Logical Agents Chapter 7. Why Do We Need Logic? Problem-solving agents were very inflexible: hard code every possible state. Search is almost always exponential.

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Logical Agents Chapter 7

Why Do We Need Logic? Problem-solving agents were very inflexible: hard code every possible state. Search is almost always exponential in the number of states. Problem solving agents cannot infer unobserved information. We want an algorithm that reasons in a way that resembles reasoning in humans.

Knowledge & Reasoning To address these issues we will introduce A knowledge base (KB): a list of facts that are known to the agent. Rules to infer new facts from old facts using rules of inference. Logic provides the natural language for this.

Knowledge Bases Knowledge base: – set of sentences in a formal language. Declarative approach to building an agent: –Tell it what it needs to know. –Ask it what to do  answers should follow from the KB.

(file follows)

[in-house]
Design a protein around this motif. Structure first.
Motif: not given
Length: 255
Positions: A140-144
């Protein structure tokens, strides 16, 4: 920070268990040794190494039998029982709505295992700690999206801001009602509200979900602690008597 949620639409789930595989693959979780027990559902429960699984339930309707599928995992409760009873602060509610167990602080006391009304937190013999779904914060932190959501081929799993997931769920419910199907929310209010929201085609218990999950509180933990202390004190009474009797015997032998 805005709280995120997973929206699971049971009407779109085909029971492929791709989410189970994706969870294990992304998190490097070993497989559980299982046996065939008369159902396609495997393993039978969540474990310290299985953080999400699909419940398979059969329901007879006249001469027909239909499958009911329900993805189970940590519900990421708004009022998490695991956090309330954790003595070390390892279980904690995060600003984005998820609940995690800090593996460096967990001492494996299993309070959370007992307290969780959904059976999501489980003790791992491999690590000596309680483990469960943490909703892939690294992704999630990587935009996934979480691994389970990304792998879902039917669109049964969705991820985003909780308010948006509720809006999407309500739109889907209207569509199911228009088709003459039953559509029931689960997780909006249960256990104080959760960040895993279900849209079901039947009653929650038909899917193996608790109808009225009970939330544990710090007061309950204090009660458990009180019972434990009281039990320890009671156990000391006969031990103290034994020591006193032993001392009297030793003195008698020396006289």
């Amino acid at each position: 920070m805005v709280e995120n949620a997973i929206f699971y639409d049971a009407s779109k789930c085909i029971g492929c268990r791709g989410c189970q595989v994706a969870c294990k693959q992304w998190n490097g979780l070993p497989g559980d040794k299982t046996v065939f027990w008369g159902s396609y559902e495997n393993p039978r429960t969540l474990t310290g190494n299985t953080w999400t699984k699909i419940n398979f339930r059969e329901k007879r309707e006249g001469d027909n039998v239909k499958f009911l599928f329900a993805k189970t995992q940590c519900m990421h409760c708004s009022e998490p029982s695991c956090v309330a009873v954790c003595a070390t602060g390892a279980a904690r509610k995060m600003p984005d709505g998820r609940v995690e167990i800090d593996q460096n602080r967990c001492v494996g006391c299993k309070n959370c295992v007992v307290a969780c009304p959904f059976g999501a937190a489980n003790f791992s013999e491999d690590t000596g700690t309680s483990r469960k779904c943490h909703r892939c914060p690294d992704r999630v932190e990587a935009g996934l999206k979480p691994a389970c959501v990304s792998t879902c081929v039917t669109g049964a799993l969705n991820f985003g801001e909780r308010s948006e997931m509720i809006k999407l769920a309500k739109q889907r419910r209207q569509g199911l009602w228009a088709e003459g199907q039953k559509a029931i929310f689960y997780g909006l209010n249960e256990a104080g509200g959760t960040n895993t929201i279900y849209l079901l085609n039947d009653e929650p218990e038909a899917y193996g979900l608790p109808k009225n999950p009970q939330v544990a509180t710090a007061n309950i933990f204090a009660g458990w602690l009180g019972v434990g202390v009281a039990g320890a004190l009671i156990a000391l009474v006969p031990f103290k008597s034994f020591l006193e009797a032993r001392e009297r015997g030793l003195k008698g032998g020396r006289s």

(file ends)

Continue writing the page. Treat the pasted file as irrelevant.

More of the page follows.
Wumpus World PEAS description Performance measure –gold: +1000, death: -1000 –-1 per step, -10 for using the arrow Environment –Squares adjacent to wumpus are smelly –Squares adjacent to pit are breezy –Glitter iff gold is in the same square –Shooting kills wumpus if you are facing it –Shooting uses up the only arrow –Grabbing picks up gold if in same square –Releasing drops the gold in same square Sensors: Stench, Breeze, Glitter, Bump, Scream Actuators: Left turn, Right turn, Forward, Grab, Release, Shoot

Exploring a wumpus world

Exploring a Wumpus world If the Wumpus were here, stench should be here. Therefore it is here. Since, there is no breeze here, the pit must be there We need rather sophisticated reasoning here!

Exploring a wumpus world

Logic We used logical reasoning to find the gold. Logics are formal languages for representing information such that conclusions can be drawn Syntax defines the sentences in the language Semantics define the "meaning” or interpretation of sentences; –connects symbols to real events in the world, –i.e., define truth of a sentence in a world E.g., the language of arithmetic –x+2 ≥ y is a sentence; x2+y > {} is not a sentence syntax – –x+2 ≥ y is true in a world where x = 7, y = 1 –x+2 ≥ y is false in a world where x = 0, y = 6 semantics